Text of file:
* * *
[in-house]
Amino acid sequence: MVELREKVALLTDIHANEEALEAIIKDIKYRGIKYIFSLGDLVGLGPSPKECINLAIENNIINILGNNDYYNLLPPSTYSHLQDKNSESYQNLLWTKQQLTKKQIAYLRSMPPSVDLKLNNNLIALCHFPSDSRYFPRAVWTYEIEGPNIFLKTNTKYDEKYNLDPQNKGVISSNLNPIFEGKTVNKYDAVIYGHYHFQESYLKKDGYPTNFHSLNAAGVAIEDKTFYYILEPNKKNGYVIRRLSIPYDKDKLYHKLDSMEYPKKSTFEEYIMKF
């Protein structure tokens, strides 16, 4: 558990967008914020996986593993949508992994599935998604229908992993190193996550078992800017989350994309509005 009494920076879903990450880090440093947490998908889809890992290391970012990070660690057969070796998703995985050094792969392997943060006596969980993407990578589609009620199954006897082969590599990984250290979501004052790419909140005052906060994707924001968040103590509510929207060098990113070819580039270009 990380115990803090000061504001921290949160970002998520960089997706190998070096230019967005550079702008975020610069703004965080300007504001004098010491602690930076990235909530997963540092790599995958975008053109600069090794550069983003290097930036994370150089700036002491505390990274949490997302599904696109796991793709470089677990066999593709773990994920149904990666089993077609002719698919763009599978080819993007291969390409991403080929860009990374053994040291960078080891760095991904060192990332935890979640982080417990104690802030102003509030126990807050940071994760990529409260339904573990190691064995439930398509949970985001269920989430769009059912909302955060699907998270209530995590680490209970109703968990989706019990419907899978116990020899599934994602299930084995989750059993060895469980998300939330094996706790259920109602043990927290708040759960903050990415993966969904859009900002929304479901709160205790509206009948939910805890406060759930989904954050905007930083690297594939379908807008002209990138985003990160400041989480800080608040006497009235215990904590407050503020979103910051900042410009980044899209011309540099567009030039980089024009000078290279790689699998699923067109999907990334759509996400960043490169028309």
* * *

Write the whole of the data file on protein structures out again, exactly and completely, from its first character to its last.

[in-house]
Amino acid sequence: MVELREKVALLTDIHANEEALEAIIKDIKYRGIKYIFSLGDLVGLGPSPKECINLAIENNIINILGNNDYYNLLPPSTYSHLQDKNSESYQNLLWTKQQLTKKQIAYLRSMPPSVDLKLNNNLIALCHFPSDSRYFPRAVWTYEIEGPNIFLKTNTKYDEKYNLDPQNKGVISSNLNPIFEGKTVNKYDAVIYGHYHFQESYLKKDGYPTNFHSLNAAGVAIEDKTFYYILEPNKKNGYVIRRLSIPYDKDKLYHKLDSMEYPKKSTFEEYIMKF
């Protein structure tokens, strides 16, 4: 558990967008914020996986593993949508992994599935998604229908992993190193996550078992800017989350994309509005 009494920076879903990450880090440093947490998908889809890992290391970012990070660690057969070796998703995985050094792969392997943060006596969980993407990578589609009620199954006897082969590599990984250290979501004052790419909140005052906060994707924001968040103590509510929207060098990113070819580039270009 990380115990803090000061504001921290949160970002998520960089997706190998070096230019967005550079702008975020610069703004965080300007504001004098010491602690930076990235909530997963540092790599995958975008053109600069090794550069983003290097930036994370150089700036002491505390990274949490997302599904696109796991793709470089677990066999593709773990994920149904990666089993077609002719698919763009599978080819993007291969390409991403080929860009990374053994040291960078080891760095991904060192990332935890979640982080417990104690802030102003509030126990807050940071994760990529409260339904573990190691064995439930398509949970985001269920989430769009059912909302955060699907998270209530995590680490209970109703968990989706019990419907899978116990020899599934994602299930084995989750059993060895469980998300939330094996706790259920109602043990927290708040759960903050990415993966969904859009900002929304479901709160205790509206009948939910805890406060759930989904954050905007930083690297594939379908807008002209990138985003990160400041989480800080608040006497009235215990904590407050503020979103910051900042410009980044899209011309540099567009030039980089024009000078290279790689699998699923067109999907990334759509996400960043490169028309």